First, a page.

U.S. Sen. Frank Murkowski, now the lone Republican candidate for governor, unveiled his vision for the future of health care in Alaska at the annual meeting of the Alaska State Hospital and Nursing Home Association in Soldotna Thursday.
Murkowski, who on Tuesday easily won the Republican primary election, said better cooperation between the state and health care providers is the key to ensuring that all Alaskans receive adequate health care.
"For the last few years, our state has seen more finger pointing and blame games than cooperation and problem solving," Murkowski said.
"This is not the Alaska we want or deserve."
Murkowski went on to say that if elected, he'd make it a priority to provide better health care opportunities to all Alaskans -- regardless of people's location or wealth.
"I firmly believe that every Alaskan deserves access to quality health care services," he said.
Murkowski made several statements outlining what direction his administration would take on health care issues. He said his record on women's health issues was strong, and that he would work to uphold existing laws.
"The courts have ruled that women have the right to an abortion. I will uphold the law. However, I believe most Alaskans agree with me that it is inappropriate to use public funds to pay for abortions that are not medically necessary," he said.
Murkowski also addressed the rising cost of prescription drugs, saying he was the gubernatorial candidate who could best work to drive down drug costs. The state needs to do more to find good bargains on drugs, he said.
"I will direct my commissioner of Health and Social Services to closely examine the state's prescription drug expenditures and work with drug manufacturers to guarantee that Alaska is receiving the best price on medications," he said.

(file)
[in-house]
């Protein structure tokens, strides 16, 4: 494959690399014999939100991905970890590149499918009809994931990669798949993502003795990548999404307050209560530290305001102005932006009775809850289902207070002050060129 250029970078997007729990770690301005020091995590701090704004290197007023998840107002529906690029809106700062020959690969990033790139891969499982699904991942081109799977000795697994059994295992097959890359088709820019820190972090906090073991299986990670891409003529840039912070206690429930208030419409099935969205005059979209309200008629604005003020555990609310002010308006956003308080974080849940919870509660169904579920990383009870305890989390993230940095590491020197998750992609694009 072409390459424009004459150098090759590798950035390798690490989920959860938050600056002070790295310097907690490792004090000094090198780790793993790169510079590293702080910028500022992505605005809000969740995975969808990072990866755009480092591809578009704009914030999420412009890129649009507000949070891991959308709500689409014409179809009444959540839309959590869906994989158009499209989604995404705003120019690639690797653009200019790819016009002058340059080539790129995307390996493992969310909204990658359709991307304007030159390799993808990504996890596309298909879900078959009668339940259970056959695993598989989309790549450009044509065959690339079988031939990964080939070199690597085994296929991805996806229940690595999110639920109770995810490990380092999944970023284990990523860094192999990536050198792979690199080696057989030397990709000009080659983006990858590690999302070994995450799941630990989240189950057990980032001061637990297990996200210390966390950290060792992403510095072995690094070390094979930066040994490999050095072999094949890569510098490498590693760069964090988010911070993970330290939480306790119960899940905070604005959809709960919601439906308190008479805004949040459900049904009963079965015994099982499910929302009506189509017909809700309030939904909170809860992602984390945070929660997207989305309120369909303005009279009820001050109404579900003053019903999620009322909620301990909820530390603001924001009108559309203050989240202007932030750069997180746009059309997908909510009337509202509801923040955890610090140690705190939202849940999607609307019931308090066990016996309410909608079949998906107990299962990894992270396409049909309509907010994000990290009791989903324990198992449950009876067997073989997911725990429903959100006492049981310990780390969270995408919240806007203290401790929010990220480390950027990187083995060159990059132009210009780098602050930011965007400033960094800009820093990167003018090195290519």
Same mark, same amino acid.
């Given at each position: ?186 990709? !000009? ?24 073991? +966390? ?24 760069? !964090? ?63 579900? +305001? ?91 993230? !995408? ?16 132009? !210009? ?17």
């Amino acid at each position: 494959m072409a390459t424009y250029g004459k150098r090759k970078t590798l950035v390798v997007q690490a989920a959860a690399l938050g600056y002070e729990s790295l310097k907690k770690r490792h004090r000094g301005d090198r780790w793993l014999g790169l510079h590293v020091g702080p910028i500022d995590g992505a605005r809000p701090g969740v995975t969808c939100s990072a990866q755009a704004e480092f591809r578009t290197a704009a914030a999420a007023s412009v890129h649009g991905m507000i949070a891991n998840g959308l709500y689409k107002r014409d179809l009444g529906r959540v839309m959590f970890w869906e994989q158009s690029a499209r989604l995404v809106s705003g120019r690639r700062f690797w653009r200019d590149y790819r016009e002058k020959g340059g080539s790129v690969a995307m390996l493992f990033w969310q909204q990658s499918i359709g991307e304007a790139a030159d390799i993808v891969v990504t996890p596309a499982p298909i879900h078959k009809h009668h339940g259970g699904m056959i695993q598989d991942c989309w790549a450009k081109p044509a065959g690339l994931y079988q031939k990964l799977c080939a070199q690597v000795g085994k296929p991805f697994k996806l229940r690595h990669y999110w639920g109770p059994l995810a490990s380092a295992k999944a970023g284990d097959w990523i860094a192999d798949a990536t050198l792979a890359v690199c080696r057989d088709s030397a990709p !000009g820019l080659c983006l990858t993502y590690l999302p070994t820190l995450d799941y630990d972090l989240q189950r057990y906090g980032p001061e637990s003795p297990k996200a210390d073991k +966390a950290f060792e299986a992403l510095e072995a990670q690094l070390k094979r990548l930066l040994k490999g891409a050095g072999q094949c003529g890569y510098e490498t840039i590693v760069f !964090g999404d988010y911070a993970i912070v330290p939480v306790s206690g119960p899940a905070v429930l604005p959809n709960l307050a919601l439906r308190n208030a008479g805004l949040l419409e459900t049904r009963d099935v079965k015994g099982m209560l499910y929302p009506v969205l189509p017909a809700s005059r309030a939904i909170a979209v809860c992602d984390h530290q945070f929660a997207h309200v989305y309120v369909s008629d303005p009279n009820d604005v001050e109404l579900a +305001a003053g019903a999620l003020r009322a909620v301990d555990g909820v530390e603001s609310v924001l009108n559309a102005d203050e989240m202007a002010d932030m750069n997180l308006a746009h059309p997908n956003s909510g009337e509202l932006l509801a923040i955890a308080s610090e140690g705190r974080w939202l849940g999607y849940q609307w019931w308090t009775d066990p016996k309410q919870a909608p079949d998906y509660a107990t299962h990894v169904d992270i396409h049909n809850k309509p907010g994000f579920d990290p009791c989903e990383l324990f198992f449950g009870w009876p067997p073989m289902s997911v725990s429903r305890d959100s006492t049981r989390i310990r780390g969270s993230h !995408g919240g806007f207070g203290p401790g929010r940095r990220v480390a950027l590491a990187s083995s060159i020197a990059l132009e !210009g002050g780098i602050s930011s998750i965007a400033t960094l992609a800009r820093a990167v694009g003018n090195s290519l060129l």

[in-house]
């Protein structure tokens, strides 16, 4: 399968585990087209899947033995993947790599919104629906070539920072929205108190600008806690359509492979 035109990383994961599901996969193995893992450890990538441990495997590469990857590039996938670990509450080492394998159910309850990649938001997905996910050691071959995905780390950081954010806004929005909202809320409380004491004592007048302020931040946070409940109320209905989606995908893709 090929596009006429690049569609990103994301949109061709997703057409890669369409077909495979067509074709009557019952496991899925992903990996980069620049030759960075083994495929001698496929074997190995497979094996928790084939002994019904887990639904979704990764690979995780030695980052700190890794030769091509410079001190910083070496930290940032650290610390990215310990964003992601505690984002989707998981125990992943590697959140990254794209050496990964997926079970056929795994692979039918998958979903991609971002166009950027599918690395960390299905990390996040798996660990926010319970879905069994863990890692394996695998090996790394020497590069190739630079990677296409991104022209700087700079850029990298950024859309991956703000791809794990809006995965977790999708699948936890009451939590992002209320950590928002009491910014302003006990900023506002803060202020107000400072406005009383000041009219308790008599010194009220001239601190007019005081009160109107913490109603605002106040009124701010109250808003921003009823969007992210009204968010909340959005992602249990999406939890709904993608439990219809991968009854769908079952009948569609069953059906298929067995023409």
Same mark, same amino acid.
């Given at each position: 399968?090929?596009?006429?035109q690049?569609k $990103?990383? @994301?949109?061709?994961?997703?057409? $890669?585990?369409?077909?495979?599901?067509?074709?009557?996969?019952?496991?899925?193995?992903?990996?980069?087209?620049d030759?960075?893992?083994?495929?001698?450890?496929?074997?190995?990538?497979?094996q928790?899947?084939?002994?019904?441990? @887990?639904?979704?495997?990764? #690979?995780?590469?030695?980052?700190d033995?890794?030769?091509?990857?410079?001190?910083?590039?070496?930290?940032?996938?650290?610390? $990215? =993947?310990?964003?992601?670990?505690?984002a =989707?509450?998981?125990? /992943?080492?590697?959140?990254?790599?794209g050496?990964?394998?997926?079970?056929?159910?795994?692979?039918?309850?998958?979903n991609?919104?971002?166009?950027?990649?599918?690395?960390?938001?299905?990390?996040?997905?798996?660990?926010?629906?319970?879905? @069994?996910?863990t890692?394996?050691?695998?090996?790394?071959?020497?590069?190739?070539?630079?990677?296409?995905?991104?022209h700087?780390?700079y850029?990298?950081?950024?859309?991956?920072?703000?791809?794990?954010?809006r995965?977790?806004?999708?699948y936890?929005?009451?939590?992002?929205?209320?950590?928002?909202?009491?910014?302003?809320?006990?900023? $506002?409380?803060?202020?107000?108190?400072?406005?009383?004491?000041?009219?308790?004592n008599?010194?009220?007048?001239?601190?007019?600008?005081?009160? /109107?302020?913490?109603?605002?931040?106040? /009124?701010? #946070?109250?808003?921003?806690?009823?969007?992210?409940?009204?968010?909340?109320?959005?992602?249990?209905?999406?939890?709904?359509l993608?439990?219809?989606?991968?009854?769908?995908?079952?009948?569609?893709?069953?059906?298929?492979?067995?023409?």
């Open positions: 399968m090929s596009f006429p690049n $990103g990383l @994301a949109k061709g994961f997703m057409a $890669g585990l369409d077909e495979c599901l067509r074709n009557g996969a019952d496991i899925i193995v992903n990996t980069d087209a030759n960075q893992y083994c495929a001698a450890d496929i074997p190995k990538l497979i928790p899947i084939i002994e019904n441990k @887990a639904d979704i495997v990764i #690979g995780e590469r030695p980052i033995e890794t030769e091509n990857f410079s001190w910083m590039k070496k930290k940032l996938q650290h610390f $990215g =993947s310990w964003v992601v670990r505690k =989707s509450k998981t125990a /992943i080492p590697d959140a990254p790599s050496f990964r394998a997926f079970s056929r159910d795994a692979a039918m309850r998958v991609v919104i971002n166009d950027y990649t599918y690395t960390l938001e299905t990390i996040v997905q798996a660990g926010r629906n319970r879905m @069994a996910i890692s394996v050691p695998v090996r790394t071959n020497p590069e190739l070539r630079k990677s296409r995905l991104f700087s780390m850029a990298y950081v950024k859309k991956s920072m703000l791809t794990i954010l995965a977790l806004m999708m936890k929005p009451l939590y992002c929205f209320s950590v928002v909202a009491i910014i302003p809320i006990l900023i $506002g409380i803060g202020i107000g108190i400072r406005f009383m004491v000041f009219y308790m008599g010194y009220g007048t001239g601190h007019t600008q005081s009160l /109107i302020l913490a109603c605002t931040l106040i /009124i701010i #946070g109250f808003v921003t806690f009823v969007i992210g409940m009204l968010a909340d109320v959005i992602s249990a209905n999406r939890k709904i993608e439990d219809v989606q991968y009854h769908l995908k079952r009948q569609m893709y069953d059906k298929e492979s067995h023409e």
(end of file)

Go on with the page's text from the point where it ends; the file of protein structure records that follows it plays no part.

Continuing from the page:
Murkowski said curbing Alaska's substance abuse problems also would be an integral part of his health care package.
Murkowski noted that Alaska has the highest rate of Fetal Alcohol Syndrome in the United States, and said he'd work to control alcohol and drug abuse, especially in rural areas of the state.
"We need to do a better job of controlling the flow of alcohol in this state. The economic toll of alcohol abuse, and the associated domestic violence, property crime and delinquency is weighing our communities down," Murkowski said.
In concluding his remarks, Murkowski told the health care professionals that his extensive time in the U.S. Senate made him the best choice for governor from a health care standpoint because of the large amount of federal money the state receives for health care.
"The federal government will always be a major player in Alaska's health care system, and the state needs a governor who knows how to work with Washington, D.C., to maximize resources and programs," he said. "I am that person."
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